Breaking down your programme strategy
The core principles and framework for setting your programme strategy are based on five steps: poverty reduction objective; opportunities for poverty reduction; theory of change; feasible interventions; assumptions.
Poverty reduction objective
Start by asking, 'What change is my programme trying to achieve?' For example, this may include working with the extreme poor, productive poor, or poor people active in the labour market. Targets could be reductions in income poverty, improved health, or greater gender equity. The Growth and Employment in States (GEMS) project in Nigeria defines its objective as: ‘Increase growth, income and employment, especially for poor men and women, in target markets in selected states and nationally.’
The objective is high-level and focused; multiple objectives can make the programme less effective.
GEMS results measurement handbook
Guidance on the measurement approach for GEMS components, and how to address attribution.
Opportunities for poverty reduction
Once you have a poverty objective, it’s time to investigate opportunities for change, by identifying the markets that are most important to your target group. Examples include: looking at raising the target groups' profits as producers within the poultry market, or improving the terms of employment for construction workers.
A theory of change
More detailed than a strategic framework, a theory of change shows the pathways of how programme interventions intend to achieve systemic change and how this systemic change results in poverty reduction. The USAID-funded Feed the Future (FTF) Agricultural Input Activity in Uganda understands their pathway to systemic change to start from a set of activities that are intended to change the behaviours of inputs suppliers, retailers and service providers within Uganda’s agricultural inputs sector. Based on new business practices and behaviours, the team predicts that the agriculture industry as a whole will change for the better. (More on theory of change).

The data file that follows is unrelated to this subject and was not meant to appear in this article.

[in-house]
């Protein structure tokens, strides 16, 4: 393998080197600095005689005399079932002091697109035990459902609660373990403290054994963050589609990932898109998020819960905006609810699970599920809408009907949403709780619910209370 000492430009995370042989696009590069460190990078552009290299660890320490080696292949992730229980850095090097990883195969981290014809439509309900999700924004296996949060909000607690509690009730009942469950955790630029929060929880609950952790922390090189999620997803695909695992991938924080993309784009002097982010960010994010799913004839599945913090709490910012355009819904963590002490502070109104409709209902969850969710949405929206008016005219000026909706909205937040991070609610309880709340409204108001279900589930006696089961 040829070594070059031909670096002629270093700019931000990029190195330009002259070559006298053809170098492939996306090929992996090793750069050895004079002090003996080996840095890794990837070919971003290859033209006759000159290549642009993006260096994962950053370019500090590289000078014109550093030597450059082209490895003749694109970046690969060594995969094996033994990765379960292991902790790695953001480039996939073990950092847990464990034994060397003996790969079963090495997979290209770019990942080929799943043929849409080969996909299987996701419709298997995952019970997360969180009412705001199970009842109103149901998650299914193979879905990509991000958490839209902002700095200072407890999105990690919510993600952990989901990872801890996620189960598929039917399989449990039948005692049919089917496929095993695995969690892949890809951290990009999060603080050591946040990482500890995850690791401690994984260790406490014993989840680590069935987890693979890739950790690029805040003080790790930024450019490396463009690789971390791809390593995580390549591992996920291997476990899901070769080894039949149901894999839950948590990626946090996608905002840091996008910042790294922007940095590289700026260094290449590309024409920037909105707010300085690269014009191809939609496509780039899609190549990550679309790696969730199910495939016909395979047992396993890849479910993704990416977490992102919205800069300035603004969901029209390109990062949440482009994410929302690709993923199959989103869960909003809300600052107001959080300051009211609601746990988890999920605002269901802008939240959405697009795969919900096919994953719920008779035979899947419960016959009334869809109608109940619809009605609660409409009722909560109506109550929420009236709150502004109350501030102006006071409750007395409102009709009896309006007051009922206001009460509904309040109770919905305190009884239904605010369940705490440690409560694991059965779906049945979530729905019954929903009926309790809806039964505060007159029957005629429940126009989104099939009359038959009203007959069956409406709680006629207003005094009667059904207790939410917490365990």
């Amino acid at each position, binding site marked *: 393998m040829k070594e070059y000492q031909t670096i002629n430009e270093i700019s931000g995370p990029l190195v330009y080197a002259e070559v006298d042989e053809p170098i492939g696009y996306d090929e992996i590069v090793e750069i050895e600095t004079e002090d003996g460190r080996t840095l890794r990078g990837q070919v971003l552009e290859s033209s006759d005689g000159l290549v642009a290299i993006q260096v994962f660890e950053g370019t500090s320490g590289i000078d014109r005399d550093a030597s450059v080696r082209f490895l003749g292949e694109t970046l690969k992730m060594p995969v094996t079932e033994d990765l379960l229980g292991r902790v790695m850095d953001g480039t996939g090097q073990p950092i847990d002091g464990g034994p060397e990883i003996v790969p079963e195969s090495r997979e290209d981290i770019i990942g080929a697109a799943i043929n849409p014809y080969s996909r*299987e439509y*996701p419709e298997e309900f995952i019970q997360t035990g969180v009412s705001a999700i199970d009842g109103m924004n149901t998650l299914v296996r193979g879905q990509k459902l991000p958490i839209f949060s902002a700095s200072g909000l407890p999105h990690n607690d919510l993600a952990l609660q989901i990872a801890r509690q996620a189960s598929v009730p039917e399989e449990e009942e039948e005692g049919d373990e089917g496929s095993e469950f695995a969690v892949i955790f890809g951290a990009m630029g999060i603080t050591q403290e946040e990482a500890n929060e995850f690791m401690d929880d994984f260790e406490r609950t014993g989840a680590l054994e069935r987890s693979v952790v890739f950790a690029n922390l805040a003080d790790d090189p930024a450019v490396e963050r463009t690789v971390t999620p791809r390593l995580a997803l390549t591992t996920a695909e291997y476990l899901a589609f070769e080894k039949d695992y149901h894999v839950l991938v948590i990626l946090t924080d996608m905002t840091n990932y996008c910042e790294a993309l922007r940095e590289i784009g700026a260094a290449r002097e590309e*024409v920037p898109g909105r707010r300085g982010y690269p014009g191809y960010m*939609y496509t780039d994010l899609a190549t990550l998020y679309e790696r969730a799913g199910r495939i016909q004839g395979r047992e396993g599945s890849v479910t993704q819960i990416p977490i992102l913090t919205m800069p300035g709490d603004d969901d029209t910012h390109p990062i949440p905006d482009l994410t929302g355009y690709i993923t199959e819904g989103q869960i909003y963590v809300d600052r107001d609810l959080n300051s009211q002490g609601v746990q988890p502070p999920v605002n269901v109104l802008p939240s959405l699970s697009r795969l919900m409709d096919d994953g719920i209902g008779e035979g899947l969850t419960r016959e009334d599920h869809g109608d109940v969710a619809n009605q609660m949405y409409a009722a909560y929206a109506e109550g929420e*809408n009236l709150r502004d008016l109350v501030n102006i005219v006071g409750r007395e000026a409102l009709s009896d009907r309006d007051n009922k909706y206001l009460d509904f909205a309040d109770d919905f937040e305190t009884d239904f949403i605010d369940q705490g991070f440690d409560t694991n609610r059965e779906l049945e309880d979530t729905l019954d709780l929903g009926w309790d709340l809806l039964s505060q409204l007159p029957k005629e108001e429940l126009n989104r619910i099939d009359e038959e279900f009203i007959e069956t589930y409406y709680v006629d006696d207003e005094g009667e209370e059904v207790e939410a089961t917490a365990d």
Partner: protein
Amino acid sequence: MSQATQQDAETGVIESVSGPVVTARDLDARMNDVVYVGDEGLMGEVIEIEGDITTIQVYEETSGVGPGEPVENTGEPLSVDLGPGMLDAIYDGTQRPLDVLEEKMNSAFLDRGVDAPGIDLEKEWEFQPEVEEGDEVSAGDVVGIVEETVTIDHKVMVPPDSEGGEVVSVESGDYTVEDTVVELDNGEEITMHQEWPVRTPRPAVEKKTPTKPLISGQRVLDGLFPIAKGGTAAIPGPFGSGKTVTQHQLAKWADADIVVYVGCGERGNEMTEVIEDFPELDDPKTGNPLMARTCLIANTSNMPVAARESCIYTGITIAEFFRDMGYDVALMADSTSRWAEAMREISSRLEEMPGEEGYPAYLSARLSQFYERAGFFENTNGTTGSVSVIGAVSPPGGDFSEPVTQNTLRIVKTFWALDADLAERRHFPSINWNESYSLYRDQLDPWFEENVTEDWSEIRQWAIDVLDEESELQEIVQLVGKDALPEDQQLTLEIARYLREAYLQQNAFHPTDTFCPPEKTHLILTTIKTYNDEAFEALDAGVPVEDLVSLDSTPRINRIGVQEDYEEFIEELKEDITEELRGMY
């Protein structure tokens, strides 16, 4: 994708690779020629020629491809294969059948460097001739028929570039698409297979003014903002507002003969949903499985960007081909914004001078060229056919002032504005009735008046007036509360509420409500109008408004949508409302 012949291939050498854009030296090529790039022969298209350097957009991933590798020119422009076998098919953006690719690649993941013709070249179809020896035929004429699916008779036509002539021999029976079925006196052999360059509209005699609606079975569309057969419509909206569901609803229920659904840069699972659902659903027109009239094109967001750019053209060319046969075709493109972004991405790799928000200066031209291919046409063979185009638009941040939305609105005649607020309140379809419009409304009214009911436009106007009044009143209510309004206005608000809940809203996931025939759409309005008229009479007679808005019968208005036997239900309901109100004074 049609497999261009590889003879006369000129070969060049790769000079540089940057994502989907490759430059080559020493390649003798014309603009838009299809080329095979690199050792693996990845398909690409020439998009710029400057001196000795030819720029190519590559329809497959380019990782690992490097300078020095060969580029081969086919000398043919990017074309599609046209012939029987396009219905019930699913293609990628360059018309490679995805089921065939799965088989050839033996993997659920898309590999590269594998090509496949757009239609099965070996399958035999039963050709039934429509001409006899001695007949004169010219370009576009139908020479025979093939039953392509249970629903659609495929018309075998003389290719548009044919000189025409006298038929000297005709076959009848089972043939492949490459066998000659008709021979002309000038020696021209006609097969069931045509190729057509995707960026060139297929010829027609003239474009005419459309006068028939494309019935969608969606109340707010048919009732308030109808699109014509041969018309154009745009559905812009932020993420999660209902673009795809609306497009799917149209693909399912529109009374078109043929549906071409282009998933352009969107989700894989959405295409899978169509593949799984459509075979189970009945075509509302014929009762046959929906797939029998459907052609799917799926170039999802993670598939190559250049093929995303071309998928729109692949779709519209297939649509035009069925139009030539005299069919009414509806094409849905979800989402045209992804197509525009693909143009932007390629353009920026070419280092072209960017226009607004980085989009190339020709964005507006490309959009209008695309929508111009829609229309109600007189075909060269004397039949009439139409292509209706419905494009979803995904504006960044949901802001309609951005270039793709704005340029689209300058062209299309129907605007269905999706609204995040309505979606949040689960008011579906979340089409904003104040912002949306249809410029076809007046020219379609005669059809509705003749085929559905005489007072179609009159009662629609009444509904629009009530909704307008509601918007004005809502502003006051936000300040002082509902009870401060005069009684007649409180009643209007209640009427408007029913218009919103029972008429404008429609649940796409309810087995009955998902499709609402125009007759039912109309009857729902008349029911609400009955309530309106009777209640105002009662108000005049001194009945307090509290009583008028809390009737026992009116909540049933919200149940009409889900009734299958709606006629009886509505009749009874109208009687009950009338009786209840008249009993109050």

Consider how the programme will create a range of conditions that will lead to changes in the target market. These might include setting out the right sorts of partnerships or types of collaboration, or list particular sorts of technical assistance or financial support.
Built into your strategy are assumptions that underline your hypothesis about how change will happen in the market system. The assumptions explain why you believe one step in your theory leads to another, and assumptions about the context and external influencing factors that may affect events, either as enablers or constraining factors. Making your assumptions explicit is important as many will turn out to be false.
M4P Operational Guide. Chapter 1 - Strategy
Initial steps for setting programme strategy to guide analysis and action.